Uninspiring (probably 1960s or 1970s) high-rises in North Point

The International Finance Centre 2 (IFC2) with the masses of high-rises in Tsuen Wan New Town in the background

IFC2 and the Kowloon Peninsula as seen from the Peak

Illustration of office life (why?) on the walls of the 800m-long Mid-Levels escalator, built for people living on the hills of Hong Kong island but working in the business district (Central and Admiralty) at the foot of the hills; the escalator runs downhill each morning (for early morning commuters), after which it runs uphill for the rest of the day

Massive landfill extending Hong Kong island once again; the seaside used to be where Possession Street is now (several hundred metres from the current shoreline)

Japanese manga character Doraemon used by the Hong Kong government's Electrical and Mechanical Services Department (EMSD) to demonstrate how to use the lifts safely

Hong Kong has one of the world's top 3 population densities

A British heritage: driving on the left (and the 'look left/right' signs, almost identical to the ones painted on roads in the UK)

Victoria Harbour

View along Hong Kong island from Lugard Road

Be nice, be happy / don't push, don't rush. Gates at an MTR (Mass Transpot Railway, Hong Kong's underground network) station on Hong Kong island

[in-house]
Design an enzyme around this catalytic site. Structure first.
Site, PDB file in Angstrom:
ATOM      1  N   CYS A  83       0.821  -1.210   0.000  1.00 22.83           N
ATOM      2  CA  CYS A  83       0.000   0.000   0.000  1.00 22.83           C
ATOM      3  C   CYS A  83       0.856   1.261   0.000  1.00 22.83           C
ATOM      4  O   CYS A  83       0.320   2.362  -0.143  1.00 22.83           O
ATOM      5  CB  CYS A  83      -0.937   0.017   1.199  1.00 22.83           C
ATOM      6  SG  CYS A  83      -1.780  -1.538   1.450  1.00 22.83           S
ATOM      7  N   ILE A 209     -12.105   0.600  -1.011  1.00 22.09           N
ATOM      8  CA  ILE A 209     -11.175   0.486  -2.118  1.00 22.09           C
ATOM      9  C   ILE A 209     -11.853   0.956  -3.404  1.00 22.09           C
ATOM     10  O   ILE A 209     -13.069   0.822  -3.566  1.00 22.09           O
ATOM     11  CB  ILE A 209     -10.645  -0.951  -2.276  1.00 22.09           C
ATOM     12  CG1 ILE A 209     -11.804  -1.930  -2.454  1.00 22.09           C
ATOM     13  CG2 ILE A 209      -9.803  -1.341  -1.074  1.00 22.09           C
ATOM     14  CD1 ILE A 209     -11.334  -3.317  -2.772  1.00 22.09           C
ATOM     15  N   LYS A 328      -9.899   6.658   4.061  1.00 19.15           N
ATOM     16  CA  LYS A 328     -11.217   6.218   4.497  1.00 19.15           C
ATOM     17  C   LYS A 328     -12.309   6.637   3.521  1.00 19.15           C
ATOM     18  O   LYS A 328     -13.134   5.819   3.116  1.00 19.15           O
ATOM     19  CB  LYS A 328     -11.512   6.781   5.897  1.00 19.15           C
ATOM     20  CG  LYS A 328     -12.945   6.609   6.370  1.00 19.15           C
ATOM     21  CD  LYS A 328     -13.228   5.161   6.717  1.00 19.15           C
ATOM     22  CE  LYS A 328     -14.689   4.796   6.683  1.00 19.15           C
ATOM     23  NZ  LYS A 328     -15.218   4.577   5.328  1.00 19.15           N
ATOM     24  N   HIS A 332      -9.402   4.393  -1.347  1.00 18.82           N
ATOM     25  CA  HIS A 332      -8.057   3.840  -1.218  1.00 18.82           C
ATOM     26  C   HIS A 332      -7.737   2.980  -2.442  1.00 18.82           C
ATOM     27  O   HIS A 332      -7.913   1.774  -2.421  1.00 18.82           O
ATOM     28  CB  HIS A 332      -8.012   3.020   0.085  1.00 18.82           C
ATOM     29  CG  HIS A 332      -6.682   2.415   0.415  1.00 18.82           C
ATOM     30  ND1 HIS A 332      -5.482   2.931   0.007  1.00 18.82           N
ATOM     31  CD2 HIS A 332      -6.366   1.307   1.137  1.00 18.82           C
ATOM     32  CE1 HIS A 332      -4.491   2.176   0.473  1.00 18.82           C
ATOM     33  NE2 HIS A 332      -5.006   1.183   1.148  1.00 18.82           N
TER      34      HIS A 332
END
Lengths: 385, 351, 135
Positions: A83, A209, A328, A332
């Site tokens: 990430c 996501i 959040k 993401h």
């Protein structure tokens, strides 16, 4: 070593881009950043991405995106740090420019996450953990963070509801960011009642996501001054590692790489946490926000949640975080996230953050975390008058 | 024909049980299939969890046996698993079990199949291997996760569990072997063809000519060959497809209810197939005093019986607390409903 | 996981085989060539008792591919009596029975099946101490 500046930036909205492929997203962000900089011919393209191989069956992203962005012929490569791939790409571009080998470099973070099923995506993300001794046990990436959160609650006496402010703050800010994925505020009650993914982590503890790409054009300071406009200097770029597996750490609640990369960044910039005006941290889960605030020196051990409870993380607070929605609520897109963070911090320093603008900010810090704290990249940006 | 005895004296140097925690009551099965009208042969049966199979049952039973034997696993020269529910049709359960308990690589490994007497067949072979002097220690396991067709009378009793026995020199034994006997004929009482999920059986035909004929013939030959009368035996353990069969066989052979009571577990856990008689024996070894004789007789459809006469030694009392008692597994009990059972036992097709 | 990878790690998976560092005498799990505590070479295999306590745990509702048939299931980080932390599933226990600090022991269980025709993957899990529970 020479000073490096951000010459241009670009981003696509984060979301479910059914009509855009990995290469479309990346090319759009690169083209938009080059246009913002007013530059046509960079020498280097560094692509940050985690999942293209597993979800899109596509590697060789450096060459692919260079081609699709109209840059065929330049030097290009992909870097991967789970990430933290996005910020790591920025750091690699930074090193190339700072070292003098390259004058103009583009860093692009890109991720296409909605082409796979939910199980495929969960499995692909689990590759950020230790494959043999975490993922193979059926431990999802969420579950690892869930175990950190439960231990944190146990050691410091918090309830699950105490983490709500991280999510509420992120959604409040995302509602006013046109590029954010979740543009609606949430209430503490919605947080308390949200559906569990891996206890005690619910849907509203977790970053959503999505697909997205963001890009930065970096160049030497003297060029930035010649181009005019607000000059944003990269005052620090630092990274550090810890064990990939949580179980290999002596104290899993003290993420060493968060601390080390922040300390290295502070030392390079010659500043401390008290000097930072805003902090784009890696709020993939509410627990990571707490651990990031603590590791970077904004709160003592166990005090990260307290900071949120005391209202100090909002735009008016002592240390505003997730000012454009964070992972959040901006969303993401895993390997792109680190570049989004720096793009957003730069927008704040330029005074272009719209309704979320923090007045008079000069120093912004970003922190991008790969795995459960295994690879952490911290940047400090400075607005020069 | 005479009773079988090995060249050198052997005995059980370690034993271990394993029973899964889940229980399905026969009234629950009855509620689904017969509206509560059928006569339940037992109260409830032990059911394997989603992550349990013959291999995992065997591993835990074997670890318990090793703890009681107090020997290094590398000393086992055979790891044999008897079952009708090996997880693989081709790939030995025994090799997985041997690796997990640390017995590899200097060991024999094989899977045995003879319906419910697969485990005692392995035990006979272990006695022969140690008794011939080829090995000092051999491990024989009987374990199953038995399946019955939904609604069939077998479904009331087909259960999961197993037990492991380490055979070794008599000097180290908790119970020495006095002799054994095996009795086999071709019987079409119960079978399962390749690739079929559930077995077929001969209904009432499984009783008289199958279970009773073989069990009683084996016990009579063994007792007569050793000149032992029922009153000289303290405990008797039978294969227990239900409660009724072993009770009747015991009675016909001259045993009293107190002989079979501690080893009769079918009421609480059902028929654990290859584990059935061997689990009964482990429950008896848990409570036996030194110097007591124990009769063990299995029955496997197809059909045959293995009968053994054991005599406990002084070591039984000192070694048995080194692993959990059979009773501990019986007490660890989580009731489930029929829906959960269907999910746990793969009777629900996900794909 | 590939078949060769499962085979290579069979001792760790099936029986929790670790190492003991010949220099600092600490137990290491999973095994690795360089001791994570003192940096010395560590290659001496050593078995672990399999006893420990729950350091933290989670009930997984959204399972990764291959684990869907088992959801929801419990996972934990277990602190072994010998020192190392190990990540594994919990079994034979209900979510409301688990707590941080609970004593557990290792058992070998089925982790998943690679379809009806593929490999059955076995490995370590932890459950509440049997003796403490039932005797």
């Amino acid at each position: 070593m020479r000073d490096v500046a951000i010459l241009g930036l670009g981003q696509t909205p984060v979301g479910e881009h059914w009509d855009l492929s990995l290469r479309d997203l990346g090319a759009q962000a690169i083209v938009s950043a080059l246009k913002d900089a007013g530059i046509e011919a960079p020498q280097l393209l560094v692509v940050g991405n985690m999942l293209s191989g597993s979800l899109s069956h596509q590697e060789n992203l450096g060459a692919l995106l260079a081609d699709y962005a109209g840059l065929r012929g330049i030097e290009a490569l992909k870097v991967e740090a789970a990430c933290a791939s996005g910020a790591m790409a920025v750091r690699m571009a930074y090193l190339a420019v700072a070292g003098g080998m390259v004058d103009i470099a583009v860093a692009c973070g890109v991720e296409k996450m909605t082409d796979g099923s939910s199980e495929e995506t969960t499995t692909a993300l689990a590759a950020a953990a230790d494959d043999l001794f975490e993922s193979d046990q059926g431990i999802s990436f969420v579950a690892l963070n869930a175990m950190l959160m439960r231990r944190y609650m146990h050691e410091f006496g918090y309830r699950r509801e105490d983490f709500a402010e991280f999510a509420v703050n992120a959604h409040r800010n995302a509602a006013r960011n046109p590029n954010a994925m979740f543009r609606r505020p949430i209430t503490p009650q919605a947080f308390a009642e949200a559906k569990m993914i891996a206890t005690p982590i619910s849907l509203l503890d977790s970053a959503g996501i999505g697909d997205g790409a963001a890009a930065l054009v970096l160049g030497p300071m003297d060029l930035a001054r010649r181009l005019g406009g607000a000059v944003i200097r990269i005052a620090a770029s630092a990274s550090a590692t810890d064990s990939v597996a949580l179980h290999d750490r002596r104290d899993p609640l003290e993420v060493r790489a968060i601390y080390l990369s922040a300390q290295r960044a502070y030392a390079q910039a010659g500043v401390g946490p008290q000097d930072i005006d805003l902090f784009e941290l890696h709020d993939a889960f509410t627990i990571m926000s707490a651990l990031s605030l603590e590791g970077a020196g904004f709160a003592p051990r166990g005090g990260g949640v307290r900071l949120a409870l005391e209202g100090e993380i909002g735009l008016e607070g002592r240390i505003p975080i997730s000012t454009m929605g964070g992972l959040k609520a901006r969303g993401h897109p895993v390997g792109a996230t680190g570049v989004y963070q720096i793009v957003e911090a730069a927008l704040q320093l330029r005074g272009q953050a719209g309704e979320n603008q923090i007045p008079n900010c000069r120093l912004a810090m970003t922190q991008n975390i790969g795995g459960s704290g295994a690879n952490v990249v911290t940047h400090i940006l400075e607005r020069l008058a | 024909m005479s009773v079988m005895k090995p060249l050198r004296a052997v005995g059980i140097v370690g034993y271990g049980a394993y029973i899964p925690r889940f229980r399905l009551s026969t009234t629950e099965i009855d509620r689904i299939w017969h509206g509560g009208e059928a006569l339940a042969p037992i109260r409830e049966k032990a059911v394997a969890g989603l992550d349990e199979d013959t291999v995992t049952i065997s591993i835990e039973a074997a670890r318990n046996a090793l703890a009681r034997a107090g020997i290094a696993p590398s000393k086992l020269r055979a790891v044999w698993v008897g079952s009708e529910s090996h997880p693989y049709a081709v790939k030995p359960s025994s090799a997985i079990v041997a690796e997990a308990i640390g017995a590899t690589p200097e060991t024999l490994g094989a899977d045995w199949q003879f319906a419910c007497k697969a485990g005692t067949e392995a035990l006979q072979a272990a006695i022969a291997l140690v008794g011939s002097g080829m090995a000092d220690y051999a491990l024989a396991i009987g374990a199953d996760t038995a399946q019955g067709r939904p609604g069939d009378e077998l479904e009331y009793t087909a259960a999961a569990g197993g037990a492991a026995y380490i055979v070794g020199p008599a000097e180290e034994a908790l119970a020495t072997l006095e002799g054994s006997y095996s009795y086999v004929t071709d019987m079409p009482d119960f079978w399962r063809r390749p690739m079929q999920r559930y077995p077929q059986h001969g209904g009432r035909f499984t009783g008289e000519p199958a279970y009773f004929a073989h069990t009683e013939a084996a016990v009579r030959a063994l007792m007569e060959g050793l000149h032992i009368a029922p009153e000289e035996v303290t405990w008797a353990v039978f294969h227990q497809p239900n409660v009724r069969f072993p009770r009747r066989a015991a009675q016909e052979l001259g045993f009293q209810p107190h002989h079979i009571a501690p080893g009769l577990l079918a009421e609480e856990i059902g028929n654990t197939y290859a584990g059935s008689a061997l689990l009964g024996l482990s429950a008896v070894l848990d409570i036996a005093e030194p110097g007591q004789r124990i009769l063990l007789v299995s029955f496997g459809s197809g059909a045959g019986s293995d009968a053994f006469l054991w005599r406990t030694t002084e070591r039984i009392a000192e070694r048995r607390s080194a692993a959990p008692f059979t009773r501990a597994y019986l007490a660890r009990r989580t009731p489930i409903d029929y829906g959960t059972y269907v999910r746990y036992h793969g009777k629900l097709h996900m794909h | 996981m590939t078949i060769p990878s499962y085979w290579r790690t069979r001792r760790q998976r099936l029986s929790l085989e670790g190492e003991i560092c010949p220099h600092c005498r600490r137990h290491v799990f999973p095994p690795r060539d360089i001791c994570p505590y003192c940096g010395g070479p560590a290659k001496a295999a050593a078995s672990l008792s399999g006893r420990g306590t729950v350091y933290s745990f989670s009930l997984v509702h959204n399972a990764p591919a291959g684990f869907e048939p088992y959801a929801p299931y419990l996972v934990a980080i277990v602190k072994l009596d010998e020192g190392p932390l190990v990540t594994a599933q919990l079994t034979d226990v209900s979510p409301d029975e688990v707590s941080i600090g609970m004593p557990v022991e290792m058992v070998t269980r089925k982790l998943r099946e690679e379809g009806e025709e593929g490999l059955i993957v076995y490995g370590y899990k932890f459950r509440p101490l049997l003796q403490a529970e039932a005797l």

Chaotic alley in Sheung Wan near Hollywood Road

The Mid-Levels (between The Peak and Central) are mostly home to professionals working in downtown Hong Kong

Hong Kong is famous for its neon signs, but they're not nearly as ubiquitous as you might think; this one is in Fortress Hill

Neons along King's Road

No spitting - sign on an MTR train

Much of Hong Kong island is built on very steep streets

Businessmen in the Admiralty district

Street life in SoHo ('SOuth of HOllywood Road')

Locals resting in pleasant Hollywood Road Park

View from Lugard Road running around the Peak

Possession Street marks the place where the British first landed on Hong Kong island; it is now hundreds of metres inland due to multiple landfills in the area

Auction - ad in Fanling